Even as we enjoy the beautiful summer weather, it is not too early to think about making sure your child is ready for the new school year by updating his or her immunizations.
Lately, we have been hearing about increases in childhood illnesses that many of us had nearly forgotten about in the United States - particularly pertussis (whooping cough) and measles. Vaccines have been so effective at protecting us that often only our grandparents or great-grandparents vividly remember losing friends and family to these infections and many others, such as polio, tetanus and diphtheria.
It is hard to imagine now, but before the measles vaccine arrived on the scene, nearly all children got measles by the time they were 15 years of age. Each year in the United States, about 450 to 500 people died because of measles, 48,000 were hospitalized, 7,000 had seizures, and about 1,000 suffered permanent brain damage or deafness. Even today, worldwide, there are estimated to be 20 million cases and 197,000 deaths caused by measles each year.
Similarly, because most of us have never known anyone with pertussis, we forget just how serious an illness it can be. In 1922, prior to the development of the vaccine, there were more than 107,000 reported cases and 5,100 deaths from pertussis in this country alone. Nationally, and here in the U.P., we have been seeing a resurgence of this disease in the last couple of years.
So, which immunizations does your school-aged child need to stay healthy?
4-6 years: If your child has received a full set of infant/toddler vaccines, he would now need the DTap (diphtheria, pertussis and tetanus), MMR (measles, mumps, rubella), IPV (polio) and chickenpox vaccine. If you child has certain health issues, he may need some additional vaccines for protection. Your health care provider will advise you.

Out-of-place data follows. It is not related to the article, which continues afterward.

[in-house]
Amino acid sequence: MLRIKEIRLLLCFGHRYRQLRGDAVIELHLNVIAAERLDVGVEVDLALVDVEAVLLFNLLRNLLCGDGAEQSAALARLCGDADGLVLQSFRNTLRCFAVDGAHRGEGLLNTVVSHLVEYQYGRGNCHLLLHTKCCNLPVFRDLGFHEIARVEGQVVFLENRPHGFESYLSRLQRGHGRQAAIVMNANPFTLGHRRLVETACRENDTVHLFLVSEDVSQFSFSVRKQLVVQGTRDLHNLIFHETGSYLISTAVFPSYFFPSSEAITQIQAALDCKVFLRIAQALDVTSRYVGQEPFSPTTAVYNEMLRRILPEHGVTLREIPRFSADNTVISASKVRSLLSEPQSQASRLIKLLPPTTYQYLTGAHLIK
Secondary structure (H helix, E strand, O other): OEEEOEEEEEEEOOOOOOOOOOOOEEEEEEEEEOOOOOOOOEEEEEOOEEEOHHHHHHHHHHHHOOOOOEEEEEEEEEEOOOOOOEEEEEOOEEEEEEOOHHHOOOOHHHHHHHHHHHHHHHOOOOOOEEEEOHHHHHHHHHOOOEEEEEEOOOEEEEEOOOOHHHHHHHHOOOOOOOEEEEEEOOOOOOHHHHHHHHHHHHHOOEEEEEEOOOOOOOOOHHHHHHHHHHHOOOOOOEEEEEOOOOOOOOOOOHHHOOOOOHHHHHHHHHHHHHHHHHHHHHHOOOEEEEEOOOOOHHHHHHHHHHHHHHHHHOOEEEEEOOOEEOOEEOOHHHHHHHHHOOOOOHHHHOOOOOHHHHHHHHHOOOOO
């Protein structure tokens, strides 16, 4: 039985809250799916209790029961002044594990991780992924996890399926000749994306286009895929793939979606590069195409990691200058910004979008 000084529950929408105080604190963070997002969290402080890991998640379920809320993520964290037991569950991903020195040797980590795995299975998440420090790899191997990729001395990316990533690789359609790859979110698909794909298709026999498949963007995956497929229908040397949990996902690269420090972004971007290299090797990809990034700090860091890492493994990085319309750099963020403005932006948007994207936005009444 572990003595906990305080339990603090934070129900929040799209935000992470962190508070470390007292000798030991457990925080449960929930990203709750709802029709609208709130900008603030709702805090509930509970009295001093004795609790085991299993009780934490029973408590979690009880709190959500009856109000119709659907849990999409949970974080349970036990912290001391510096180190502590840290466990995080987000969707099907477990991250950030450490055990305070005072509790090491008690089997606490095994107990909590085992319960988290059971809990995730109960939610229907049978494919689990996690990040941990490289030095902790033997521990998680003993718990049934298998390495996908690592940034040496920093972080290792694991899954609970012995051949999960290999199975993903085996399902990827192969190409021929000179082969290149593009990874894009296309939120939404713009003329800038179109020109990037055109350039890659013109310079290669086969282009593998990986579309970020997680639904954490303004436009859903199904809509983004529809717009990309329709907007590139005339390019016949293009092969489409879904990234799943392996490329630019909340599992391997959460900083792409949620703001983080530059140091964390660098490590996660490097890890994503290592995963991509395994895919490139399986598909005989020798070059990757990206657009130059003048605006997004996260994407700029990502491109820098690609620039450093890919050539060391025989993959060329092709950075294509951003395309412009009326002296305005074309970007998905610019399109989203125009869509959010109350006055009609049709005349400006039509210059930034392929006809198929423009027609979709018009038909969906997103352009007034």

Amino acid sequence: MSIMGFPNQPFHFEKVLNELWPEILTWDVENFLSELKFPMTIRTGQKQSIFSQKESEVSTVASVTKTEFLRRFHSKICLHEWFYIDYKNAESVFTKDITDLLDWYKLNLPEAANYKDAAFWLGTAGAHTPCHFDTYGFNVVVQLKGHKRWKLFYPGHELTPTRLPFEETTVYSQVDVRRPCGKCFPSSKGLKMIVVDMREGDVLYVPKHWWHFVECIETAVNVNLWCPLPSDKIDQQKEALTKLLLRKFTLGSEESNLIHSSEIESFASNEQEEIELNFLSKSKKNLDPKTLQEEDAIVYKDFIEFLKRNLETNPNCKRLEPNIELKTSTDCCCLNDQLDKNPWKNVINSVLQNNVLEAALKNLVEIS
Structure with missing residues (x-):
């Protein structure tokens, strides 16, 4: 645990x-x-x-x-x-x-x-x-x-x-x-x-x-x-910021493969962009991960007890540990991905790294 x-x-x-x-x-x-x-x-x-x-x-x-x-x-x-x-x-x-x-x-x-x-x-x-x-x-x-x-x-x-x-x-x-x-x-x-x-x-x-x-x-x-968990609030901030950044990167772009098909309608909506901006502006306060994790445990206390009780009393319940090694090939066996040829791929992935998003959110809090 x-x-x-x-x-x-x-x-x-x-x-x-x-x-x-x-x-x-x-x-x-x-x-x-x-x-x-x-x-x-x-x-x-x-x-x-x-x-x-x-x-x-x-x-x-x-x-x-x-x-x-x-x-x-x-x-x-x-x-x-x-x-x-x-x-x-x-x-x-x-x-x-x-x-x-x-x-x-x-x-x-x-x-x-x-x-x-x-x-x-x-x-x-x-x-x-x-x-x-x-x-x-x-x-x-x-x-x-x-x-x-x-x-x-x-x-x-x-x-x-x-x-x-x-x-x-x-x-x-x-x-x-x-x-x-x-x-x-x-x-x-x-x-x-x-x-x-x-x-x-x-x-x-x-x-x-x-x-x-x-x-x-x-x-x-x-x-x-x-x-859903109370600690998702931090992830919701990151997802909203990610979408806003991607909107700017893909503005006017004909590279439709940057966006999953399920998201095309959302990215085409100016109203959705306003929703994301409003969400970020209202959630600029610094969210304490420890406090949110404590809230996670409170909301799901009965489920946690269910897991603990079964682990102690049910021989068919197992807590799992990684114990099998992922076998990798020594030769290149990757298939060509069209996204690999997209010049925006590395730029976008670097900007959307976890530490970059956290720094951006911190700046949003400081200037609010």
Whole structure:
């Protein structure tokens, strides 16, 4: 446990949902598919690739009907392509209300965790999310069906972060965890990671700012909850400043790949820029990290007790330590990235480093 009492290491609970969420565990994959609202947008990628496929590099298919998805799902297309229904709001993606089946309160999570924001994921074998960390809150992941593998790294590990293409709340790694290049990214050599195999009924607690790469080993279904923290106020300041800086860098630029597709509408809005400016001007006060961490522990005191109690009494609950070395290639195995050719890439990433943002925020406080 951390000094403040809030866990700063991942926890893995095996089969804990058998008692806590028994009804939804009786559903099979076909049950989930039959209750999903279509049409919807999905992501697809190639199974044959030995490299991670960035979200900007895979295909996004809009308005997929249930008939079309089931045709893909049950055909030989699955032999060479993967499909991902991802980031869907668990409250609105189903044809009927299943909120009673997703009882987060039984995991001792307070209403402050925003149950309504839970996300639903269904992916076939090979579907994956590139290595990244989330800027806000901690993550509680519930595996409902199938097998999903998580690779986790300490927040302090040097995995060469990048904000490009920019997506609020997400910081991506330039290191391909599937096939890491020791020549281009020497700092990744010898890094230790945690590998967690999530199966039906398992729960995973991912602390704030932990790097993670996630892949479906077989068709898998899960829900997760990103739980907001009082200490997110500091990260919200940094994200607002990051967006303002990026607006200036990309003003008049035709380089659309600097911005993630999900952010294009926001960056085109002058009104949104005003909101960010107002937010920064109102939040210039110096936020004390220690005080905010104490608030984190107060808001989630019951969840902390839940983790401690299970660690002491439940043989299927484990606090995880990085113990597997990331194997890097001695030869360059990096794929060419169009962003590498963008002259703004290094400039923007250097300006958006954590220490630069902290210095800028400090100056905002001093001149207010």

11-12 years: Your child will need a dose of Tdap (the "adult and big kid" version of the tetanus, diphtheria and pertussis vaccine) and a meningitis vaccine. The HPV vaccine is recommended for girls to help prevent cervical cancer. This vaccine is also available for boys to reduce the risk of genital warts. This HPV series is most effective when given at this earlier age, and completed before they become sexually active.
In addition, everyone at and older than 6 months of age is recommended to receive a yearly flu shot to protect them from seasonal flu. Those at highest risk from flu include very young children, senior citizens, pregnant women and individuals with certain chronic health conditions.
It's also important to remember that adults need to be up-to-date on their immunizations in order to protect themselves and the young children in their home. This is particularly true for pertussis since older children and adults may be the main source of exposure for infants too young to be fully immunized.
Adults need only one booster dose of pertussis vaccine (Tdap), after their childhood series.
If you have concerns about vaccine safety, please don't let misinformation guide your decision to vaccinate. For example, some parents delayed or declined the measles vaccine for their child because of concerns about a possible link to autism. Unfortunately, even though the research that first made this claim has been found to be fraudulent, it is hard to "un-ring the bell" and ensure that parents are making decisions based on good, credible science.
If children are unvaccinated, the entire population becomes more vulnerable, as illnesses that we thought were history start circulating anew. Get credible information from reputable sources such as michigan.gov/immunize and cdc.gov/vaccines, and talk to your health care provider or contact your local health department.
There are many gifts you give your child over the years, but some of the most important and lasting are immunizations.
Editor's note: Dr. Terry Frankovich is a pediatrician and the medical director at the Western Upper Peninsula Health Department.